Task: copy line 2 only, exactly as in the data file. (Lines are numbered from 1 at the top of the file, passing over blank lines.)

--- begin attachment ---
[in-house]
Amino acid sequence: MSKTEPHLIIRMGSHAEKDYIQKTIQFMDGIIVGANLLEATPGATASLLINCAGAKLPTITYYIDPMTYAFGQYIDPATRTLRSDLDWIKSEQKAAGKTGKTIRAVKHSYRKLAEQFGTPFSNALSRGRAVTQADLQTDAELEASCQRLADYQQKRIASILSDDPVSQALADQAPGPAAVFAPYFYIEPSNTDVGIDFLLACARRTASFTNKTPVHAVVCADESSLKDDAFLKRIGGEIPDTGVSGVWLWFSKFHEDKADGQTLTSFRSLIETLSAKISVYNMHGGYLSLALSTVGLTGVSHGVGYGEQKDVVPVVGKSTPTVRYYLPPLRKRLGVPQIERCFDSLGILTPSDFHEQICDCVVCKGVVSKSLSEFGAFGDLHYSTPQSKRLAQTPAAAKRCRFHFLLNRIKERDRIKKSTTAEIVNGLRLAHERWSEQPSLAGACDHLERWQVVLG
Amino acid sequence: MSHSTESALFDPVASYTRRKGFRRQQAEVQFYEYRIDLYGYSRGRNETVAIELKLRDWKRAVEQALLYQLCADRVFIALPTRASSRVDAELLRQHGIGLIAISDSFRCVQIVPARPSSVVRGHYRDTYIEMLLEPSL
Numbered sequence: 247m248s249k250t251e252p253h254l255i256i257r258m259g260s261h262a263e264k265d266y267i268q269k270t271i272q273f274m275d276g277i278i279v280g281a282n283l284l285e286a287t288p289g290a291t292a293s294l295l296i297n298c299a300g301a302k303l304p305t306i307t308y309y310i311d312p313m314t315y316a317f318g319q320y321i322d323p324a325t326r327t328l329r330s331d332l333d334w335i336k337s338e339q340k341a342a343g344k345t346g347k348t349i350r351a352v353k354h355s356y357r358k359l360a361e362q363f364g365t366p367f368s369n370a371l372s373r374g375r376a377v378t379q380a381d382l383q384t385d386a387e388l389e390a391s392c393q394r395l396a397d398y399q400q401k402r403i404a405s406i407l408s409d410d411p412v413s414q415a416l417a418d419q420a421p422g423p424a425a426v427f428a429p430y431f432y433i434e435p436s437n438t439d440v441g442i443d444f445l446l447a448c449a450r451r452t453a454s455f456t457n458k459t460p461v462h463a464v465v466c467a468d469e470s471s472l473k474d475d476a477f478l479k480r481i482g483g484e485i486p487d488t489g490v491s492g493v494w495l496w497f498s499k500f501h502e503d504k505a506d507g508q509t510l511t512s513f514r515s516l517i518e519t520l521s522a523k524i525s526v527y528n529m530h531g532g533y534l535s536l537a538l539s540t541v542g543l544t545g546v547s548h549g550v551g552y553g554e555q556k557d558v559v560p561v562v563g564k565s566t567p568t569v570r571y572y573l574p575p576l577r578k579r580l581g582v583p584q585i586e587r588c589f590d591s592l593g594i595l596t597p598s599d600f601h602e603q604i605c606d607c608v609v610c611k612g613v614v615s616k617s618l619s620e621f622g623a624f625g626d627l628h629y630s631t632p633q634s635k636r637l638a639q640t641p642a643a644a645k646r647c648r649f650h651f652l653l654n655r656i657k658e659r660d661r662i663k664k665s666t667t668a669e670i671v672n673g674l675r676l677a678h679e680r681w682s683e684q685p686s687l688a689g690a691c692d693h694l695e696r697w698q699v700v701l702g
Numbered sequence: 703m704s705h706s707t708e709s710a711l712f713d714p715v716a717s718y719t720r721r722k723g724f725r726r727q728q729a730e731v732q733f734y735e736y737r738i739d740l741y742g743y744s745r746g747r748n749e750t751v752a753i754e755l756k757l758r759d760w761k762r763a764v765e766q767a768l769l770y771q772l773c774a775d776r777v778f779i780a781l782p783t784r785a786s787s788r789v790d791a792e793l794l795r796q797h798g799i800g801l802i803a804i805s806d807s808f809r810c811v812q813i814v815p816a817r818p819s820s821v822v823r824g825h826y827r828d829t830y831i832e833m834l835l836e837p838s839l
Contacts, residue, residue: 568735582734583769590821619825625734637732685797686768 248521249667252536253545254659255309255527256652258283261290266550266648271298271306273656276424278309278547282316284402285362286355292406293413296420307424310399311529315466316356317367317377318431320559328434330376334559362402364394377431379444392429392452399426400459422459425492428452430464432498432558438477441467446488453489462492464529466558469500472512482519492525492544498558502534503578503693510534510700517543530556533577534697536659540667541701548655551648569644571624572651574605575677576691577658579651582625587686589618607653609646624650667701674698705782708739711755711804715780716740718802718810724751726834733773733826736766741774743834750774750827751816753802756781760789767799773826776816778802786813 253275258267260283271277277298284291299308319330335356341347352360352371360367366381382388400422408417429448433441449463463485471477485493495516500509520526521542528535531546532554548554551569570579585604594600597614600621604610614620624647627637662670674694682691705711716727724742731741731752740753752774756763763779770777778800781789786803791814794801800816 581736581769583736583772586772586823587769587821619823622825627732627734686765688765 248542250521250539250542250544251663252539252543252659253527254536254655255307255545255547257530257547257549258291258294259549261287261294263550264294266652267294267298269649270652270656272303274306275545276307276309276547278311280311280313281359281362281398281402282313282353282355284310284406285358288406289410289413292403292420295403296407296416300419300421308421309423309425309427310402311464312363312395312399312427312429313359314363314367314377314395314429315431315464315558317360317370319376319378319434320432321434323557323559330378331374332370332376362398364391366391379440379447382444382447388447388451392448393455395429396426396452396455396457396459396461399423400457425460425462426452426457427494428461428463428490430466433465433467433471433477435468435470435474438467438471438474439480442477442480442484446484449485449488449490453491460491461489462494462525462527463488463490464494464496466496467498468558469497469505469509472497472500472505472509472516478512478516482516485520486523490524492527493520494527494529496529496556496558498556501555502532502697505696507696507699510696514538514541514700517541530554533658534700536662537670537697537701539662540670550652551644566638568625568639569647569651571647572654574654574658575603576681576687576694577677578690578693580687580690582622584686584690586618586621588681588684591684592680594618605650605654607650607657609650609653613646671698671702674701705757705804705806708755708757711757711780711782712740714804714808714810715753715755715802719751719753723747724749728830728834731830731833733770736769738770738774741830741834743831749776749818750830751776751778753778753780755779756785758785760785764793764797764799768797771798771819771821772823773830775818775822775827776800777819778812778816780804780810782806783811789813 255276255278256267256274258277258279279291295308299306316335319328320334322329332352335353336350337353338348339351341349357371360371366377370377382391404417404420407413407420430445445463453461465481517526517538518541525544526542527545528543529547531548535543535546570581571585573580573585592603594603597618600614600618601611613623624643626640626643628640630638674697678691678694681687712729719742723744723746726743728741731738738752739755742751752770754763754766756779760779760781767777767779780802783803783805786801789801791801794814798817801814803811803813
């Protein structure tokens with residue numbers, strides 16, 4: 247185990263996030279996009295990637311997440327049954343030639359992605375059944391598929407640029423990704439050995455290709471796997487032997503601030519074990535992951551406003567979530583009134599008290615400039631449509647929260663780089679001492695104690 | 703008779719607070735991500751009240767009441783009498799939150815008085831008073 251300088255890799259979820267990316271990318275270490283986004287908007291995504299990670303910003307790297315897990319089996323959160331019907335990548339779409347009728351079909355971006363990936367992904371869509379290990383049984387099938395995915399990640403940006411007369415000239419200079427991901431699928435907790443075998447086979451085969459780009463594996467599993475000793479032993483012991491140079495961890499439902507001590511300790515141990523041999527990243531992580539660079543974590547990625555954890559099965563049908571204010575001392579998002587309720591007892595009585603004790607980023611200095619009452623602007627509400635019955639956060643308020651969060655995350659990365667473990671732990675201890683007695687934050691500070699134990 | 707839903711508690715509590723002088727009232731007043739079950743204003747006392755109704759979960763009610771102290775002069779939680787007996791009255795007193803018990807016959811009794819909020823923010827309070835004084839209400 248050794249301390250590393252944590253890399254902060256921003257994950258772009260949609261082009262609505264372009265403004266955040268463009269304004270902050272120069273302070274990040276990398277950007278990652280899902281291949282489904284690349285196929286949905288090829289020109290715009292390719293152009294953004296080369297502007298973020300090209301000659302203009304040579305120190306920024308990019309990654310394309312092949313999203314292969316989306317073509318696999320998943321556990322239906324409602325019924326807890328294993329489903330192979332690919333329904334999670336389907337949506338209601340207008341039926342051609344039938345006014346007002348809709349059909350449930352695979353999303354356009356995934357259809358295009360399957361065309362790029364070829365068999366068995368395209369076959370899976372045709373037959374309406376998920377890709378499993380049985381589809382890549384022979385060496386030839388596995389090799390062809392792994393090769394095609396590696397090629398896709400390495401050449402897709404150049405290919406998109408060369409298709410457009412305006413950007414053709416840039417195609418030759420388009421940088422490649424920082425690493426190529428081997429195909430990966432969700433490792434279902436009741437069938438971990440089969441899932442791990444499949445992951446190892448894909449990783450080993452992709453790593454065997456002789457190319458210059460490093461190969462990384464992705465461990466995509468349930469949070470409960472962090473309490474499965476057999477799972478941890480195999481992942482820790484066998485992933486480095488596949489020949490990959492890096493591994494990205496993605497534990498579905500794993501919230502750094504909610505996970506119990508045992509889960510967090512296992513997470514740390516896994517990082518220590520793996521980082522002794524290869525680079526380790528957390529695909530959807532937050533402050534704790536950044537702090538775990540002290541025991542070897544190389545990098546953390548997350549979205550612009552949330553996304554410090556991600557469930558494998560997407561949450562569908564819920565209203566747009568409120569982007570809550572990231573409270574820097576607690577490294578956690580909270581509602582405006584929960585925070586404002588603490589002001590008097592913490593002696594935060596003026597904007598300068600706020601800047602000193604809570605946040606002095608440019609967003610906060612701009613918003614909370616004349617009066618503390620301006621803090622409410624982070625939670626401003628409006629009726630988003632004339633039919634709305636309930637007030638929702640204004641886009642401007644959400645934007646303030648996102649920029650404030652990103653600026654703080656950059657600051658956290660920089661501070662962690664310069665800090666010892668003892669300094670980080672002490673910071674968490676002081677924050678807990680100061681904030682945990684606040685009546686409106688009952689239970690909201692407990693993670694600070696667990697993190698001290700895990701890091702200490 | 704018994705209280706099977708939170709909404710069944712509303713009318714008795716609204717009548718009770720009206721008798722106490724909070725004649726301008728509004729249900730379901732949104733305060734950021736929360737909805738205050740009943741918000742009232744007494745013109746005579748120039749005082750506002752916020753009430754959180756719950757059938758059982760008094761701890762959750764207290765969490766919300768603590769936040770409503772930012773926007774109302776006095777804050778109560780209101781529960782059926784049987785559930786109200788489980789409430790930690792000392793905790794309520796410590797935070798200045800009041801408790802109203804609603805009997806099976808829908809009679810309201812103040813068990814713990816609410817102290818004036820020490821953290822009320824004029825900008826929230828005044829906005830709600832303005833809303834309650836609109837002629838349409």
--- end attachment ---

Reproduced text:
Amino acid sequence: MSKTEPHLIIRMGSHAEKDYIQKTIQFMDGIIVGANLLEATPGATASLLINCAGAKLPTITYYIDPMTYAFGQYIDPATRTLRSDLDWIKSEQKAAGKTGKTIRAVKHSYRKLAEQFGTPFSNALSRGRAVTQADLQTDAELEASCQRLADYQQKRIASILSDDPVSQALADQAPGPAAVFAPYFYIEPSNTDVGIDFLLACARRTASFTNKTPVHAVVCADESSLKDDAFLKRIGGEIPDTGVSGVWLWFSKFHEDKADGQTLTSFRSLIETLSAKISVYNMHGGYLSLALSTVGLTGVSHGVGYGEQKDVVPVVGKSTPTVRYYLPPLRKRLGVPQIERCFDSLGILTPSDFHEQICDCVVCKGVVSKSLSEFGAFGDLHYSTPQSKRLAQTPAAAKRCRFHFLLNRIKERDRIKKSTTAEIVNGLRLAHERWSEQPSLAGACDHLERWQVVLG